Yes, I have noticed the chamfer on the intermediate wheel, but wasn't sure in what direction to place it, so good point, thanks! When you say "chamfer has to go on top", do mean that the chamfer should be facing you when placed on the main plate? I would assume the answer is yes, but I just want to make sure! The "cover-plate" covers the parts of the keyless works (hence often called just that) but the "correct" terminology is in fact "setting lever spring". I don't mean to teach you, and you probably already know as I know that you are a skilled watch repairer. Just thinking about those who might be new to watch movement terminology.

    Those tutorials will be greatly appreciated by many I'm sure! (I would have "killed" for them when I was new!) and if I can contribute with my pictures (I believe they can be downloaded), or something else I'd be glad to. Perhaps my "Differences between Vostok 24XX parts" posts over at watchrepairtalk.com can be of some use? Please feel free to use!

    Thanks, and nice to be here comrades!
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  10. #449
    Member EndeavourDK's Avatar
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    Re: --- A Guide: Buying / Modifying / Repairing VOSTOK AMPHIBIA ---

    Quote Originally Posted by VWatchie View Post
    Yes, I have noticed the chamfer on the intermediate wheel, but wasn't sure in what direction to place it, so good point, thanks! When you say "chamfer has to go on top", do mean that the chamfer should be facing you when placed on the main plate? I would assume the answer is yes, but I just want to make sure! The "cover-plate" covers the parts of the keyless works (hence often called just that) but the "correct" terminology is in fact "setting lever spring". I don't mean to teach you, and you probably already know as I know that you are a skilled watch repairer. Just thinking about those who might be new to watch movement terminology.

    Those tutorials will be greatly appreciated by many I'm sure! (I would have "killed" for them when I was new!) and if I can contribute with my pictures (I believe they can be downloaded), or something else I'd be glad to. Perhaps my "Differences between Vostok 24XX parts" posts over at watchrepairtalk.com can be of some use? Please feel free to use!

    Thanks, and nice to be here comrades!
    Yes, the correct term would perhaps be "setting lever spring", but they come in different shapes & forms. In case of the Vostok it's a plate with lots of "extra" functions and by lack of a better word for the precise descriptions of all these functions, I assumed people working on the keyless would know what I mean
    Sometimes using the precise description, although technically being correct, can, depending on the audience, be confusion too. I guess you know that all too well

    Yes, the chamfer of the little intermediate wheel has to face up, towards the keyless "coverplate" / setting-lever-spring, facing you.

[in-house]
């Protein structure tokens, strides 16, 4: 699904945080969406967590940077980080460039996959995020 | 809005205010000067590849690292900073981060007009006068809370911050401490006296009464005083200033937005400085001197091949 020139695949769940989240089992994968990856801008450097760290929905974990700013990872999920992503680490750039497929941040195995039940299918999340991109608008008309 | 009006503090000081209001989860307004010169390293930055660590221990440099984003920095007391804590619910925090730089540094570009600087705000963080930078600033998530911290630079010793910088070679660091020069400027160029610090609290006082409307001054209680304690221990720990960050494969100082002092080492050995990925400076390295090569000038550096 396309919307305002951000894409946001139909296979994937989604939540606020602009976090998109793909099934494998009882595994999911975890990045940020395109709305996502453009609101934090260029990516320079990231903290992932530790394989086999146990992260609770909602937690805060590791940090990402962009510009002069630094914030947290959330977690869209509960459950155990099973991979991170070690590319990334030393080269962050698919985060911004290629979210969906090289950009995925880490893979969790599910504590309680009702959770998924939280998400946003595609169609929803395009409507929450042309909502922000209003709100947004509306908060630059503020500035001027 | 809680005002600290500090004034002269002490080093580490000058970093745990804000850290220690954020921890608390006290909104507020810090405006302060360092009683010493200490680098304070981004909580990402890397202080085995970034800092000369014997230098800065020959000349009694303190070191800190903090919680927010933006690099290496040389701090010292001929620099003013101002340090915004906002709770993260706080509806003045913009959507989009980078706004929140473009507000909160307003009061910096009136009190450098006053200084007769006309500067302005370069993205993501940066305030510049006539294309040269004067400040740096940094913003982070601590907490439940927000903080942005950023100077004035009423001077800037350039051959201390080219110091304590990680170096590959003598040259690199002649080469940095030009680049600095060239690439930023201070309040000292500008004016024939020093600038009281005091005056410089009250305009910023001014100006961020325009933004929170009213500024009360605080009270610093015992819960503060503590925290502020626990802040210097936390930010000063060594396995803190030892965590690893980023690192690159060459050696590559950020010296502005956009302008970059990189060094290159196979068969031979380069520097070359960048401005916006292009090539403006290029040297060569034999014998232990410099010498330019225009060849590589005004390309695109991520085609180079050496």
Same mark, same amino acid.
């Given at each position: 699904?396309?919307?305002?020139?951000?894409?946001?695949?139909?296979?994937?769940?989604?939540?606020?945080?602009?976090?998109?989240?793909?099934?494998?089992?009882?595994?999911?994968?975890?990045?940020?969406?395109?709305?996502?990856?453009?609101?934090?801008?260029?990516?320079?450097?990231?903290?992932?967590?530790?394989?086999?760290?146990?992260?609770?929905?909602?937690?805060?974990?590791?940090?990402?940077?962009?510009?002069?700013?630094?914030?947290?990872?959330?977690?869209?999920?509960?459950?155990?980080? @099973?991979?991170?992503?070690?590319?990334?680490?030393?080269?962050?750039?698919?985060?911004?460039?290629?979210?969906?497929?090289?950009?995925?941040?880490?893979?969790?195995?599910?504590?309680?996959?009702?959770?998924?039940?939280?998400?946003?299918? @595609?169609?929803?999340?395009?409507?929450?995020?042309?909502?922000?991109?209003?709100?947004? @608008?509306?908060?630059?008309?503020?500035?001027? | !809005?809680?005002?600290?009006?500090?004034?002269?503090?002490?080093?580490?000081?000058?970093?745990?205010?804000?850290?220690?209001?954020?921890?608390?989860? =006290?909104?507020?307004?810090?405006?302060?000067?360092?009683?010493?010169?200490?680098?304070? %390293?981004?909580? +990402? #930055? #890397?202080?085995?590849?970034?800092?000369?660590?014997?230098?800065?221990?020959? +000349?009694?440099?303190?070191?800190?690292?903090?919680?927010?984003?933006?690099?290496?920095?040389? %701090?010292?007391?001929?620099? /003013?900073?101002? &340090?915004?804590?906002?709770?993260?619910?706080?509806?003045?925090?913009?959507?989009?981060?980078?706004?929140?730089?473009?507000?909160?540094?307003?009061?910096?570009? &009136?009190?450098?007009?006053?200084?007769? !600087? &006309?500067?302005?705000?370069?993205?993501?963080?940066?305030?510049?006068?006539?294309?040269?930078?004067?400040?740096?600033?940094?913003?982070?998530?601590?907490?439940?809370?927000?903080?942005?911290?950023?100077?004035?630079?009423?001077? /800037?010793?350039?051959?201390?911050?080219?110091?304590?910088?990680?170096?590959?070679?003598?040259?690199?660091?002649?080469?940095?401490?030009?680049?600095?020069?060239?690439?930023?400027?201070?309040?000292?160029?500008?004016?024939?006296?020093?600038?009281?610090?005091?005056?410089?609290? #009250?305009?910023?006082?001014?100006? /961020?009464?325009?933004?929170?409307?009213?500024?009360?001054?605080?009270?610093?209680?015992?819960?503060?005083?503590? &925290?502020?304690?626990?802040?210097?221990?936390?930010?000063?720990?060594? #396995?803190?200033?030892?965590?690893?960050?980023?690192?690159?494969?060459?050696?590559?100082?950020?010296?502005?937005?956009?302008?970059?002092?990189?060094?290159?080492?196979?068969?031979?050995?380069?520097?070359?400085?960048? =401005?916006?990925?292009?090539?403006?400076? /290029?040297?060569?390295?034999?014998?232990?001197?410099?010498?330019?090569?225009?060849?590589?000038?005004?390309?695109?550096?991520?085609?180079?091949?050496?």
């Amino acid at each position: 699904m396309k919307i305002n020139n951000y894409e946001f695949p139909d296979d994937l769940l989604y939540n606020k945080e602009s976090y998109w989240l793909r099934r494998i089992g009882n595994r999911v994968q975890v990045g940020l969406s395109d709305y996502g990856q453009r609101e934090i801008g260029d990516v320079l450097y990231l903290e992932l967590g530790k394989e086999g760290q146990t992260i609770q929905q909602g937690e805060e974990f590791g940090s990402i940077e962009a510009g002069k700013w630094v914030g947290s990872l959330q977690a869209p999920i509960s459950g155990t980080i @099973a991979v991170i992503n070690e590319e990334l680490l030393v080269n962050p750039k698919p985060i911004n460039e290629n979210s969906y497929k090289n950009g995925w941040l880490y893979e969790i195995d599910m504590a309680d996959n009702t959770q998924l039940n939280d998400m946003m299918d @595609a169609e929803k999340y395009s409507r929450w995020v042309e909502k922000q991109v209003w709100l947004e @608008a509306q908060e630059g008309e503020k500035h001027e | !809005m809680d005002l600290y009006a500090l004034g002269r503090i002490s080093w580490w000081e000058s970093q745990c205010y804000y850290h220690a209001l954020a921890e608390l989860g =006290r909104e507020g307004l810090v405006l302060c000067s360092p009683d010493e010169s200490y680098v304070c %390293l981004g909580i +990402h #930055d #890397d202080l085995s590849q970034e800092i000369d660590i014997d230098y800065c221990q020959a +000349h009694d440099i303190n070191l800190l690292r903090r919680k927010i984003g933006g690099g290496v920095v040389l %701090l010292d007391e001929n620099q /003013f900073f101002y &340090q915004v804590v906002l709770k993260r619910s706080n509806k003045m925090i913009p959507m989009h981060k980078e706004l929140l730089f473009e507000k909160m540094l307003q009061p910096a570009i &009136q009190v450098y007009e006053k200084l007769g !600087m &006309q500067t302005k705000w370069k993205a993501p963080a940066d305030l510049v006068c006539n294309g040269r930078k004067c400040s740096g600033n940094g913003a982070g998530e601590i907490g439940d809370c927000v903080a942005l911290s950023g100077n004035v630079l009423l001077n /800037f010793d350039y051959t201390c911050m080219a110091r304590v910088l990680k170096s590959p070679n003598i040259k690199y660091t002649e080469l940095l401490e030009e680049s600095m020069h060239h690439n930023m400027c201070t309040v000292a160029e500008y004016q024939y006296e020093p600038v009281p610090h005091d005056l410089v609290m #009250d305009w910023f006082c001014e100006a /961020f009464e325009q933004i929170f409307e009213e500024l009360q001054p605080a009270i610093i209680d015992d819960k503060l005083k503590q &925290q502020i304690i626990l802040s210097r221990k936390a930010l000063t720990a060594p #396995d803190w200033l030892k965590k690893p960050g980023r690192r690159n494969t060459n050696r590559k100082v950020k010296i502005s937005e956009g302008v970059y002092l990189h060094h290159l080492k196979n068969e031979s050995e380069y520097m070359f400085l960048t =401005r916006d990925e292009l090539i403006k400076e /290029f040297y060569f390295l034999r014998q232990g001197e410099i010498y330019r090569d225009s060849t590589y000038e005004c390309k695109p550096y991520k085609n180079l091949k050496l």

On the internet there is lots of information on how to do certain aspects of watch repair, but according to Matt there is a great need for very Vostok specific. Matt is the coordinator for these tutorials but has, as I understood, at the moment some other issues.
    I guess we have to wait a little and as soon as I hear from him, we'll team up
    VWatchie and Matt_Bored_O like this.

  11. #450
    Member VWatchie's Avatar
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    Re: --- A Guide: Buying / Modifying / Repairing VOSTOK AMPHIBIA ---

    Quote Originally Posted by EndeavourDK View Post
    Yes, the correct term would perhaps be "setting lever spring", but they come in different shapes & forms. In case of the Vostok it's a plate with lots of "extra" functions and by lack of a better word for the precise descriptions of all these functions, I assumed people working on the keyless would know what I mean
    Sometimes using the precise description, although technically being correct, can, depending on the audience, be confusion too. I guess you know that all too well

    Yes, the chamfer of the little intermediate wheel has to face up, towards the keyless "coverplate" / setting-lever-spring, facing you.

    On the internet there is lots of information on how to do certain aspects of watch repair, but according to Matt there is a great need for very Vostok specific. Matt is the coordinator for these tutorials but has, as I understood, at the moment some other issues.
    I guess we have to wait a little and as soon as I hear from him, we'll team up
    Couldn't agree with you more! And to make matters worse, the same part is called different things depending on location, like "mainspring barrel = going barrel = first wheel...", and "yoke = return bar = ..." and so on. As you say, what matters is that we understand each other, and I knew perfectly well what you meant by "cover plate" but many would call it a setting lever spring which isn't easy to grasp before you understand the setting lever of the keyless works.

    Crystal clear!

    Looking forward to it!
    EndeavourDK and Matt_Bored_O like this.